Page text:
hanging out with friends...or enemies

Courtesy of Vincent Ibanez, Wikimedia CommonsThe sunflower serves as a low food source, 5-10% of diet for large and small mammals as well as terrestrial birds. 


The sunflower has showy ray petals which attract birds and butterflies, although the sunflower can be harmed by birds because the seeds are exposed and they are able to perch on the large head of the sunflower.  On the other hand, the sunflower is frequently visited by butterflies due to its large surface area and high probability of finding nectar because of the numerous disc flowers.

Helianthus annuus has a mutualistic relationship with mycorrhizae, this relationship between a plant and fungus can be seen in 95% of plants.  The sunflower benefits by an increase in biomass as well as increased access to phosphorous, water, nitrogen and other immobile nutrients.  On the other hand, the mycorrhizae receives sugars produced by the plant.


The sunflowers share a predatory relationship with weeds because they cause the crop to be reduced by competing for moisture, nutrients and light.  On the other hand they share a mutualistic relationship with bees because the flower gains transport of pollen while the bee gains an abundance of nectar.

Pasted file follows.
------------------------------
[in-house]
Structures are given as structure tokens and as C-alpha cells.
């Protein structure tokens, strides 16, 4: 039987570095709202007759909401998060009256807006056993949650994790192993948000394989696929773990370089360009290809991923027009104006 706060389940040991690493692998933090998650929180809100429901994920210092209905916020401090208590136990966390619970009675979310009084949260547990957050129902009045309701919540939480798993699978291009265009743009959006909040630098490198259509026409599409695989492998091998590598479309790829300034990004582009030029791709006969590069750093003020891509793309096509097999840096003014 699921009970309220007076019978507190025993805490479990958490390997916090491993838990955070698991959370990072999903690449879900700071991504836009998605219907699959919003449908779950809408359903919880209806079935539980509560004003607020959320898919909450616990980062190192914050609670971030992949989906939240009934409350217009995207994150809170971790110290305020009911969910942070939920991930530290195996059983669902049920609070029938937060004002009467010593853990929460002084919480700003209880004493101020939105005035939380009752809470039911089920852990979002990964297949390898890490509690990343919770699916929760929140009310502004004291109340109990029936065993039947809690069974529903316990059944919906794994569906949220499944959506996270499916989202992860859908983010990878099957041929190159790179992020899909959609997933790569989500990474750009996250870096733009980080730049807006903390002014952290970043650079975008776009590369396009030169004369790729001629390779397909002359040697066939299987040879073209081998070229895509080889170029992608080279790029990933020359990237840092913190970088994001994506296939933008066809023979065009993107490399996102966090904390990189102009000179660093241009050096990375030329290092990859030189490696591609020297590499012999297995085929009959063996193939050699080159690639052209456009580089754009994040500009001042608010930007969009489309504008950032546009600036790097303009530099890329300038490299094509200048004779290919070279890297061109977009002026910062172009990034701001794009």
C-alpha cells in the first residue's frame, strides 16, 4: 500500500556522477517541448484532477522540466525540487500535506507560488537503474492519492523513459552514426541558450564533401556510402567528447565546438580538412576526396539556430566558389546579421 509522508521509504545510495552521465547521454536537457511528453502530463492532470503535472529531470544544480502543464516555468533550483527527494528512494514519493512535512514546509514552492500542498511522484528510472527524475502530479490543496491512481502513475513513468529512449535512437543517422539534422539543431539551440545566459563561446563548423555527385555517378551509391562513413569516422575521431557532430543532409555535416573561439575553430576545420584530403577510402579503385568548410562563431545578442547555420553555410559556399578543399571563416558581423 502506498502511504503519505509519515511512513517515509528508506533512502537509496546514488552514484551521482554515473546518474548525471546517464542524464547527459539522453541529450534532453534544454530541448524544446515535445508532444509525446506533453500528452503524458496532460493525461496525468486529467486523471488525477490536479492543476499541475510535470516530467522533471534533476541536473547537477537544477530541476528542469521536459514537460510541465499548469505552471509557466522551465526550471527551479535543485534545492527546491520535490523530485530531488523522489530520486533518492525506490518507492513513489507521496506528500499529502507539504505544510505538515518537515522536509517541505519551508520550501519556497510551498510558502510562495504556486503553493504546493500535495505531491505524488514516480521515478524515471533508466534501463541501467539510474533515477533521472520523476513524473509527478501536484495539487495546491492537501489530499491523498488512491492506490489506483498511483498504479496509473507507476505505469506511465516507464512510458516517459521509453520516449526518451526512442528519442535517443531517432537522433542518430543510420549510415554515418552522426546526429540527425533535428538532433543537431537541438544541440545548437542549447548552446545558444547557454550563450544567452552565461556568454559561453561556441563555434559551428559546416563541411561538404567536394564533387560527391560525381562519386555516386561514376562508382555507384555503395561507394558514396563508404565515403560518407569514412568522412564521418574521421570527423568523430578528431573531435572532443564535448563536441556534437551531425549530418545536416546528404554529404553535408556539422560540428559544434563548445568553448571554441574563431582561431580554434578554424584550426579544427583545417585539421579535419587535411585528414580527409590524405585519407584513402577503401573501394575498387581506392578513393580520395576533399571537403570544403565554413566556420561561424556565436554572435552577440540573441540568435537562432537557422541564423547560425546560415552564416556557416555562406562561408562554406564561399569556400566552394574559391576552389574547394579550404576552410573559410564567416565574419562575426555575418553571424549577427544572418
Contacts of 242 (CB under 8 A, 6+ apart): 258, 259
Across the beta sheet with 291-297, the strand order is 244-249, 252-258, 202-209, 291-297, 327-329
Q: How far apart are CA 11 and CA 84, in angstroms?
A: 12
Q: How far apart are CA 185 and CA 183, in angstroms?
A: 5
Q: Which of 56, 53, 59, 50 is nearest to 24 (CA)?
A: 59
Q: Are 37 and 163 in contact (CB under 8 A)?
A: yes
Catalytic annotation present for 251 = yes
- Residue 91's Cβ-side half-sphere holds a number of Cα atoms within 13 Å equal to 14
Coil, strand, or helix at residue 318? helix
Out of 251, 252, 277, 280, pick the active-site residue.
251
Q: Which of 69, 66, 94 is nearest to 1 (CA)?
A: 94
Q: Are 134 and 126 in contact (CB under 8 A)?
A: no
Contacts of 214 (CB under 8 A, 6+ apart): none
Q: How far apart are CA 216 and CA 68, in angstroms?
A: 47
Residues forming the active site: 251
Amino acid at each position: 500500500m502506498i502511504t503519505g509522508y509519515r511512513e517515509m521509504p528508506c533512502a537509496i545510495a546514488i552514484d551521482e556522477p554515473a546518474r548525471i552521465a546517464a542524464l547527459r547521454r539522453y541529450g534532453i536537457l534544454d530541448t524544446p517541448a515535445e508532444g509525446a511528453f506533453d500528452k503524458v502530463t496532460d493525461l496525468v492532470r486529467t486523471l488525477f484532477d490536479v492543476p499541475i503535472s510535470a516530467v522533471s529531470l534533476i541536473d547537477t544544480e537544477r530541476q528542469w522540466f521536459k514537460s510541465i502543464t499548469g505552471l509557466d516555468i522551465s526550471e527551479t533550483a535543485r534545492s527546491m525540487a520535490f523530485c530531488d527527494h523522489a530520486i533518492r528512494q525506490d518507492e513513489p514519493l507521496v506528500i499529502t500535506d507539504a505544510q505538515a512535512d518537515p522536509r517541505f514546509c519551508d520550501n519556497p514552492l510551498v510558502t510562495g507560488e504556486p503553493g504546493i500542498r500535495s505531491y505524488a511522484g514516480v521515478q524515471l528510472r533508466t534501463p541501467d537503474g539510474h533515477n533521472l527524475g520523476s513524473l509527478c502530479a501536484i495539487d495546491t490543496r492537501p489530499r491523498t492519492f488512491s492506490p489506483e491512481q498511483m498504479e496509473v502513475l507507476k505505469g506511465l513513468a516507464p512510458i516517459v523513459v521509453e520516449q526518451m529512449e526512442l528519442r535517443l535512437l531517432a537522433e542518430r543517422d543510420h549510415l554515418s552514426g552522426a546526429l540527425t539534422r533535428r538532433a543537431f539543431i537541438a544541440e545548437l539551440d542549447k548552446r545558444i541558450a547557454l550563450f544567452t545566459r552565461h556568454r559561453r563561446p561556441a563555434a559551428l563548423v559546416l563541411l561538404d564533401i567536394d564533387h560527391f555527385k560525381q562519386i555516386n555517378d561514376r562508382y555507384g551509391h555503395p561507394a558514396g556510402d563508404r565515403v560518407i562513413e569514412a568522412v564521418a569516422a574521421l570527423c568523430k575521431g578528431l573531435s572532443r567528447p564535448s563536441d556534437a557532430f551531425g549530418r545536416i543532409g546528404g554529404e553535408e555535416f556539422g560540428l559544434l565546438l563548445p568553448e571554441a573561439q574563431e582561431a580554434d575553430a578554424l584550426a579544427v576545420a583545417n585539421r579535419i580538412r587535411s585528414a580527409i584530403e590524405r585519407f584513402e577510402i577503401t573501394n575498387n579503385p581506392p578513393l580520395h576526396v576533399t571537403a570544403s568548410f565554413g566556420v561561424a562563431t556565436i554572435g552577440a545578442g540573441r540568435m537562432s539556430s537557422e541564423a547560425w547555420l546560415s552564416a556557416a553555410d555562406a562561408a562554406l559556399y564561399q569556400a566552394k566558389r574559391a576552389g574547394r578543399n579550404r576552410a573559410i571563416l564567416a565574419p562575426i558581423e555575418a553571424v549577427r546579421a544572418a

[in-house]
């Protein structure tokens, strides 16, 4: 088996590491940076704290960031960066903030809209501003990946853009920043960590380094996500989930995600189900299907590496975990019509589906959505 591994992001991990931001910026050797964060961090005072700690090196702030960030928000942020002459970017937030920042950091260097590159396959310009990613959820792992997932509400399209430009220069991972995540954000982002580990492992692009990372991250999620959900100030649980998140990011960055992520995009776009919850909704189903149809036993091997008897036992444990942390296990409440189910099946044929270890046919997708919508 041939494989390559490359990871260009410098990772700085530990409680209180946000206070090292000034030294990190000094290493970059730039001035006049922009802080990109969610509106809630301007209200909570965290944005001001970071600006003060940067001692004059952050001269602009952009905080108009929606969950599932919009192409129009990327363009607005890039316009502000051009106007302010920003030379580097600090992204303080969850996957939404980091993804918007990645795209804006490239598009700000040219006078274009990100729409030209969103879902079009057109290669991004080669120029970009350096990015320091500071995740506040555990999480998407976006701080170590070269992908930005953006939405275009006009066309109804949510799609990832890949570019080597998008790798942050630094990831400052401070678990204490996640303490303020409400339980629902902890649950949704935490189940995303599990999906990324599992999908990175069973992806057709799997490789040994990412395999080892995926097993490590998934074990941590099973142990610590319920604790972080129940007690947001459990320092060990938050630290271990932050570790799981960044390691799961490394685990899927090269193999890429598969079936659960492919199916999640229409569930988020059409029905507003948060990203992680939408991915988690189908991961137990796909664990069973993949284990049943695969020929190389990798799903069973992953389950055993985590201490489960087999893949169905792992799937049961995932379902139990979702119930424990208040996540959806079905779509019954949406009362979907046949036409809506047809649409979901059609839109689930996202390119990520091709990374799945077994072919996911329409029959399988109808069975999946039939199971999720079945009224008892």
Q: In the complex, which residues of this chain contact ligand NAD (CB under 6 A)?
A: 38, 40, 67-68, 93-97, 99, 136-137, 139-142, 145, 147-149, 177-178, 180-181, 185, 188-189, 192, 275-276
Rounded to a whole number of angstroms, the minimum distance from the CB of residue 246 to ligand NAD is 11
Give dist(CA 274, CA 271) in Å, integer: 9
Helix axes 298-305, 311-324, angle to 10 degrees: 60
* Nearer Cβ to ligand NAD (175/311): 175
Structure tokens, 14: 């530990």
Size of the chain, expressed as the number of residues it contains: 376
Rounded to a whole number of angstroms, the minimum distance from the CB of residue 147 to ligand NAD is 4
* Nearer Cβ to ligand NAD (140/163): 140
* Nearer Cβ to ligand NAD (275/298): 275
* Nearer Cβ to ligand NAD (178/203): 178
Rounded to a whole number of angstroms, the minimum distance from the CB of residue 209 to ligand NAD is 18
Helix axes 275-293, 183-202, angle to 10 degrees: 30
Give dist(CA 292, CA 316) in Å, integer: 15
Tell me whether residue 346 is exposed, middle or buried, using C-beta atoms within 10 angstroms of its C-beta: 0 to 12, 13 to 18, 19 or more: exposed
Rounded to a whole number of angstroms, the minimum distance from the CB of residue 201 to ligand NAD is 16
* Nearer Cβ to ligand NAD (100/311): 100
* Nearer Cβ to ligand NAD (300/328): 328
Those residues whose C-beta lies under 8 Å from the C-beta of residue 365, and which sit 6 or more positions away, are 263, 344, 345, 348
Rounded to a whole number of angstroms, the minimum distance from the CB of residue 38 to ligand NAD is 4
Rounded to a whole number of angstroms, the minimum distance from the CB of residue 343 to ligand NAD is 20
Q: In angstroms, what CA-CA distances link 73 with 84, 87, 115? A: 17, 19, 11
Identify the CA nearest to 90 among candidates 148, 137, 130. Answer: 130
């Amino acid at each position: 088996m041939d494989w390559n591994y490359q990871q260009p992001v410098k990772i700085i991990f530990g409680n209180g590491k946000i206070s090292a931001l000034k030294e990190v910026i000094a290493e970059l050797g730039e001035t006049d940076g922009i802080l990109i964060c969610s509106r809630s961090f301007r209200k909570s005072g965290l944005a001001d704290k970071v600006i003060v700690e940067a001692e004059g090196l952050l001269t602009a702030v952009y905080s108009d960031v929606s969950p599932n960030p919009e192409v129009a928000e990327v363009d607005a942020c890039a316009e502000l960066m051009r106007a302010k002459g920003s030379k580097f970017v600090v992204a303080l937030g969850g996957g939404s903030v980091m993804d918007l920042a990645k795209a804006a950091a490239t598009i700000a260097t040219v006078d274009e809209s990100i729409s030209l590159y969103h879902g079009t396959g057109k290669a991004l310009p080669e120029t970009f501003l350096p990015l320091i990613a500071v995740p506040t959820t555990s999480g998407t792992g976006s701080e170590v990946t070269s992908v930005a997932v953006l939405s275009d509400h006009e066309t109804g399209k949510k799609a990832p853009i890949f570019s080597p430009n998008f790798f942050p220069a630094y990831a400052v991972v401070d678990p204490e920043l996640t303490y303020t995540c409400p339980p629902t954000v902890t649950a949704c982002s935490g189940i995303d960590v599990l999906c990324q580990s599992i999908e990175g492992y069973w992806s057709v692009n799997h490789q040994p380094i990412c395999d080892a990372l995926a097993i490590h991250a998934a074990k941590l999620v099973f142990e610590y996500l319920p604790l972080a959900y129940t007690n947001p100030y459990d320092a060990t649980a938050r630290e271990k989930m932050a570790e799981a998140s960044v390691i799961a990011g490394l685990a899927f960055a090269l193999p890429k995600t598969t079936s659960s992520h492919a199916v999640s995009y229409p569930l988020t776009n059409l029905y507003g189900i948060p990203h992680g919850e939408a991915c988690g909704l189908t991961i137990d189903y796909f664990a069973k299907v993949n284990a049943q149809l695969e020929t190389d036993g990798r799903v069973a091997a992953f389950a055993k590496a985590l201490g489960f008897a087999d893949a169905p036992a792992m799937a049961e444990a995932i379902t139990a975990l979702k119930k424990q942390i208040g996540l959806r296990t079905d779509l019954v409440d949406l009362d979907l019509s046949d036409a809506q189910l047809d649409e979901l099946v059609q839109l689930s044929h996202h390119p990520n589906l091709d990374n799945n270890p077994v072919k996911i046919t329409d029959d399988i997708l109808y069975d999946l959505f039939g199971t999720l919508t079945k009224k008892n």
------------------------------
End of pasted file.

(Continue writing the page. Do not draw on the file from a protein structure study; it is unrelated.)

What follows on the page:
Courtesy of Pudelek, Wikimedia Commons 

Helianthus annuus includes a number of insect pests, including: Midge, Head Moth, Beetle, Maggot, Head Clipper Weevil, Stem Weevil Complex.  Along with pests comes disease, which includes: Downy Mildew, Rust, Sclerotinia Stalk and Head Rot, Vericillium Wilt.  Although there has been some resistance to disease shown when Helianthus annuus is hybridized with Helianthus tuberosus (Jerusalem artichoke).


Within the food web, Helianthus annuus falls as a primary producer.  It is an autotroph which produces its own food via photosynthesis.  It is the first trophic level within the web, because it supports the other levels. 


Sunflower seeds, Courtesy of McLeod, Wikimedia CommonsThe sunflower has become valuable to humans as a commercially cut flower, used for cooking oil and the edible seeds are used as snacks, and also used in birdseed and cattle feed.  The hulls of the sunflower seeds have been used to make logs for fuel, alcohol, as well as bedding for animals.